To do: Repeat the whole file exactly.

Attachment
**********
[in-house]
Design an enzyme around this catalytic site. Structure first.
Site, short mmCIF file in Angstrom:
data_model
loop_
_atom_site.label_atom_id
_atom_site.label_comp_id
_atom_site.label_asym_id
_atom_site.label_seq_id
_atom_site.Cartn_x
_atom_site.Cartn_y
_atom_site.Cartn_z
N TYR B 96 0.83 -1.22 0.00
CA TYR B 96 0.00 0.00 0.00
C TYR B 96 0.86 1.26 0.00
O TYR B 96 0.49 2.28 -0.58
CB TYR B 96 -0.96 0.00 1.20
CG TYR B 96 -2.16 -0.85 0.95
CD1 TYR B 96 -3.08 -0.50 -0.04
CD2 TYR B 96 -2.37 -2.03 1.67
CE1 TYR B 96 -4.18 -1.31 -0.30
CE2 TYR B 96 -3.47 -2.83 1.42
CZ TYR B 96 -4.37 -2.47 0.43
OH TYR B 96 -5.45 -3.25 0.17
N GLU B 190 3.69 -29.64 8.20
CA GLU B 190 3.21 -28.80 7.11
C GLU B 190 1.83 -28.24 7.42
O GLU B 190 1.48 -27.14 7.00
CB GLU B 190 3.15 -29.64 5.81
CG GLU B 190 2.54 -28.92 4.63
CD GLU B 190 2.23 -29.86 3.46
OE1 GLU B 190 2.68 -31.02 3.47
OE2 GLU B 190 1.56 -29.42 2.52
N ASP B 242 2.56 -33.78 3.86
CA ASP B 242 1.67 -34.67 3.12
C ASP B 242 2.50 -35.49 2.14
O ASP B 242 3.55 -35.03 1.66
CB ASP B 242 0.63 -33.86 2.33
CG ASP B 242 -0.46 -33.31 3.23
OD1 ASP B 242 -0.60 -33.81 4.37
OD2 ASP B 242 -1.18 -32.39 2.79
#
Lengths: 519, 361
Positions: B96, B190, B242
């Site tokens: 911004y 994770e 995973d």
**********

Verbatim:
[in-house]
Design an enzyme around this catalytic site. Structure first.
Site, short mmCIF file in Angstrom:
data_model
loop_
_atom_site.label_atom_id
_atom_site.label_comp_id
_atom_site.label_asym_id
_atom_site.label_seq_id
_atom_site.Cartn_x
_atom_site.Cartn_y
_atom_site.Cartn_z
N TYR B 96 0.83 -1.22 0.00
CA TYR B 96 0.00 0.00 0.00
C TYR B 96 0.86 1.26 0.00
O TYR B 96 0.49 2.28 -0.58
CB TYR B 96 -0.96 0.00 1.20
CG TYR B 96 -2.16 -0.85 0.95
CD1 TYR B 96 -3.08 -0.50 -0.04
CD2 TYR B 96 -2.37 -2.03 1.67
CE1 TYR B 96 -4.18 -1.31 -0.30
CE2 TYR B 96 -3.47 -2.83 1.42
CZ TYR B 96 -4.37 -2.47 0.43
OH TYR B 96 -5.45 -3.25 0.17
N GLU B 190 3.69 -29.64 8.20
CA GLU B 190 3.21 -28.80 7.11
C GLU B 190 1.83 -28.24 7.42
O GLU B 190 1.48 -27.14 7.00
CB GLU B 190 3.15 -29.64 5.81
CG GLU B 190 2.54 -28.92 4.63
CD GLU B 190 2.23 -29.86 3.46
OE1 GLU B 190 2.68 -31.02 3.47
OE2 GLU B 190 1.56 -29.42 2.52
N ASP B 242 2.56 -33.78 3.86
CA ASP B 242 1.67 -34.67 3.12
C ASP B 242 2.50 -35.49 2.14
O ASP B 242 3.55 -35.03 1.66
CB ASP B 242 0.63 -33.86 2.33
CG ASP B 242 -0.46 -33.31 3.23
OD1 ASP B 242 -0.60 -33.81 4.37
OD2 ASP B 242 -1.18 -32.39 2.79
#
Lengths: 519, 361
Positions: B96, B190, B242
């Site tokens: 911004y 994770e 995973d």